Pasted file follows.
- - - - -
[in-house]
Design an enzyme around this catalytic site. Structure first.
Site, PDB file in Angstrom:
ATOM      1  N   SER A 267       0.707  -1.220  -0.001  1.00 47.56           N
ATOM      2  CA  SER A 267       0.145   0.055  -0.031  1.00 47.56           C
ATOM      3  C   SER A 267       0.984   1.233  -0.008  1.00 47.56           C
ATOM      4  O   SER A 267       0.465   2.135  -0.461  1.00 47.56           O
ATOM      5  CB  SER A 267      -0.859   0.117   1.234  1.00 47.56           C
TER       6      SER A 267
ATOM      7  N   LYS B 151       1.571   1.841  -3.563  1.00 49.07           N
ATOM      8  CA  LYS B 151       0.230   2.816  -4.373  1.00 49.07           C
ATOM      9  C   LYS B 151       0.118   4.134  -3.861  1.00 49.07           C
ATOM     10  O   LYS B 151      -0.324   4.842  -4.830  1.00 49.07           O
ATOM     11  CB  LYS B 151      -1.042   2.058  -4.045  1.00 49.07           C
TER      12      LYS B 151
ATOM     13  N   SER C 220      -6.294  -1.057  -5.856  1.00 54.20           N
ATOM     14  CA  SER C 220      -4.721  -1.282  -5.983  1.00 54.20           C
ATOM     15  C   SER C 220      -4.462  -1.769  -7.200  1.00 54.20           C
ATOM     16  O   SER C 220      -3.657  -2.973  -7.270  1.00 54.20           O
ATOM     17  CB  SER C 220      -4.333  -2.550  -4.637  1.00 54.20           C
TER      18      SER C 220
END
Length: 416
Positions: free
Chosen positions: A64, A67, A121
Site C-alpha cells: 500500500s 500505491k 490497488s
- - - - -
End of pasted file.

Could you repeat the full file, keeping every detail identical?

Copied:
[in-house]
Design an enzyme around this catalytic site. Structure first.
Site, PDB file in Angstrom:
ATOM      1  N   SER A 267       0.707  -1.220  -0.001  1.00 47.56           N
ATOM      2  CA  SER A 267       0.145   0.055  -0.031  1.00 47.56           C
ATOM      3  C   SER A 267       0.984   1.233  -0.008  1.00 47.56           C
ATOM      4  O   SER A 267       0.465   2.135  -0.461  1.00 47.56           O
ATOM      5  CB  SER A 267      -0.859   0.117   1.234  1.00 47.56           C
TER       6      SER A 267
ATOM      7  N   LYS B 151       1.571   1.841  -3.563  1.00 49.07           N
ATOM      8  CA  LYS B 151       0.230   2.816  -4.373  1.00 49.07           C
ATOM      9  C   LYS B 151       0.118   4.134  -3.861  1.00 49.07           C
ATOM     10  O   LYS B 151      -0.324   4.842  -4.830  1.00 49.07           O
ATOM     11  CB  LYS B 151      -1.042   2.058  -4.045  1.00 49.07           C
TER      12      LYS B 151
ATOM     13  N   SER C 220      -6.294  -1.057  -5.856  1.00 54.20           N
ATOM     14  CA  SER C 220      -4.721  -1.282  -5.983  1.00 54.20           C
ATOM     15  C   SER C 220      -4.462  -1.769  -7.200  1.00 54.20           C
ATOM     16  O   SER C 220      -3.657  -2.973  -7.270  1.00 54.20           O
ATOM     17  CB  SER C 220      -4.333  -2.550  -4.637  1.00 54.20           C
TER      18      SER C 220
END
Length: 416
Positions: free
Chosen positions: A64, A67, A121
Site C-alpha cells: 500500500s 500505491k 490497488s